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What To Do About Increasing Truck Driver Turnover Rates 

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A recent CCJ Article featuring the results from the MarketPulse Survey confirms what we already know: truck driver turnover rates rank as the industry’s most pressing issue for 2017. 

You’d think most trucking executives would be worried about the economy.  After all, we just finished the craziest election of our lifetimes and, for better or for worse, we have a new president - a guy who has promised sweeping changes in virtually every department of the federal government.

But trucking executives are taking all that nonsense in stride.   In fact, only three out of one hundred ranked the political climate in Washington as a top concern.  That aligns nicely with leading economic minds who routinely teach us that the economy is oblivious to America’s chief executive.

Meanwhile, industry leaders are optimistic about the economy and bullish on business growth.  More than half of the respondents expect the economy to improve.  Freight volumes and rates are both expected to rise.  If this were happening in any other industry, people would be doing the happy dance. But against this rosy outlook, the trucking industry still has the ever-growing challenge of driver availability.  Notice I said availability, not shortage

If you’ve read our blogs and our scholarly white papers you already know how we feel about the so-called driver shortage.  There simply isn’t one.  Grocery stores are full of food.  Malls are full of clothes and the local gas station never seems to run out of gas.  If we had a true driver shortage, we’d be running out of things on a regular basis.

But even though there isn’t a driver shortage, there sure is a driver problem…a huge problem!  It’s called driver turnover.  If you’d like to put a positive spin on it, you can call it driver retention.  Either way, it means the same thing, but regardless of how you come at it, it sucks.  Plain and simple, most over-the-road operations are suffering from triple digit turnover rates.  Like you, we hate empty trucks.

So even with an optimistic economic outlook, a likely increase in freight volumes and almost certain increases in freight rates, most companies are planning to stay about the same size.  When you get executives behind closed doors, they’ll admit that even that is a lofty goal.  Half of carriers will consider 2017 a success if they can swap out old equipment for new even though they will be leaving business on the table with existing customers.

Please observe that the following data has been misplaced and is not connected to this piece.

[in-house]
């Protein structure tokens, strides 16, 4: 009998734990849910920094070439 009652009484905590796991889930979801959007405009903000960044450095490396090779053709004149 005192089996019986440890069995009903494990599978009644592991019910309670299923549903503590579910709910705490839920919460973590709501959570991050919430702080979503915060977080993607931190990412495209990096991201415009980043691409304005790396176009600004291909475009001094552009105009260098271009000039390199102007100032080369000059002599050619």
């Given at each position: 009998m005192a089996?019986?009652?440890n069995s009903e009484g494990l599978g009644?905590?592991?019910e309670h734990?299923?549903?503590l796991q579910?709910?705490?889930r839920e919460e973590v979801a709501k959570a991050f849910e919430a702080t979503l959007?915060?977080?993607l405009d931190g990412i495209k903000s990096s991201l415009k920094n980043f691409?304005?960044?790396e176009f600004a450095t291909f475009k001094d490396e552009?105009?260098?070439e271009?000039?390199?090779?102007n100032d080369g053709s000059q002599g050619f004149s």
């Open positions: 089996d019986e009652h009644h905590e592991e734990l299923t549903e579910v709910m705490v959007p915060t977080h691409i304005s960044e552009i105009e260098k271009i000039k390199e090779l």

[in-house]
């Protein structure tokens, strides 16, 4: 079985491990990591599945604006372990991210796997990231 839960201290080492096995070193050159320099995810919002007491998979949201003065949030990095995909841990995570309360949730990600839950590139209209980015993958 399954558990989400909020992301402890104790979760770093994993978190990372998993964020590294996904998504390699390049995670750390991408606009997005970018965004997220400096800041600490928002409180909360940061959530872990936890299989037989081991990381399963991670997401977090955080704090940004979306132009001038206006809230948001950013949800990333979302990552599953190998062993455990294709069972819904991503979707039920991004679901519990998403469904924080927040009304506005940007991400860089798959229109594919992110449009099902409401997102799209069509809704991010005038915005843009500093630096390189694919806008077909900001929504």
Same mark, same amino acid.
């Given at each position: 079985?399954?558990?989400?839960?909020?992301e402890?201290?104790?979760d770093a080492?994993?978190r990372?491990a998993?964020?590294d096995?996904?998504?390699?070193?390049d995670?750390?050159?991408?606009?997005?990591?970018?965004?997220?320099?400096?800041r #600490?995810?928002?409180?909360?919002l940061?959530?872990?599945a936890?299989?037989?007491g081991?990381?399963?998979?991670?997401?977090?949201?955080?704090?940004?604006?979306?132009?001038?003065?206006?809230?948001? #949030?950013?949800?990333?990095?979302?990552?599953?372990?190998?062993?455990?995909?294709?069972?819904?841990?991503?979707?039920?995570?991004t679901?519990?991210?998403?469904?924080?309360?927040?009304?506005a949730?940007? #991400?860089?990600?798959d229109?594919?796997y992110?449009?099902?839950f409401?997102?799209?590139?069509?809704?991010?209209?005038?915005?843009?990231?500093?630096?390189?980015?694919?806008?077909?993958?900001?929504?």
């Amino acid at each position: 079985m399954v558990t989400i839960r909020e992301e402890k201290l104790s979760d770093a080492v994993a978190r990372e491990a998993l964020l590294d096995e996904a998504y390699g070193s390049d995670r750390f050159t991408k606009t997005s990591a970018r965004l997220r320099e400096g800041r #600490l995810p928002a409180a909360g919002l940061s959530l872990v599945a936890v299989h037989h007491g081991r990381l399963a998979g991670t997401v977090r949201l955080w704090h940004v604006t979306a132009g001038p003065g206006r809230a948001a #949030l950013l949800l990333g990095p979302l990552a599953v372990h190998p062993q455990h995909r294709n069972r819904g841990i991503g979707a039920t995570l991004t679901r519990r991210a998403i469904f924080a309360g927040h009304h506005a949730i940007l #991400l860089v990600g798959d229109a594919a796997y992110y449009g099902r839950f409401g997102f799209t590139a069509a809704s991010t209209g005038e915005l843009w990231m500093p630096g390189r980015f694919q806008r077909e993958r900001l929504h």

As the year progresses, we will likely see an all-out war for driver’s attentions and affections.  Some companies are already offering outrageous sign-on bonuses, a cancerous practice that hurts everyone.  Sign on bonuses do one thing: promote more driver turnover. As more and more companies join the fray, drivers will come to expect bonuses as part of the pay package.  Worse, they’ll have to change jobs every six months to get another financial bump.  It’s crazy.

Here’s the bottom line: long term, you can’t afford a wage war with the big guys.  But you also can’t afford to ignore your driver turnover problem.  Don’t stick your head in the sand.  Don’t accept that 100 percent driver turnover should be the norm.  That’s being lazy.  Instead, choose to do something new and different.  Dig in and find out why your drivers break up with you.  You need to identify the top reasons drivers leave before you prioritize what to do. We share our proven process to improve driver retention on the February 16 webinar sponsored by The Ohio Trucking Association, where we show you how to go about identifying issues that cause drivers to leave and how you should make adjustments to them.

75 Strategies to Help Increase Driver Retention

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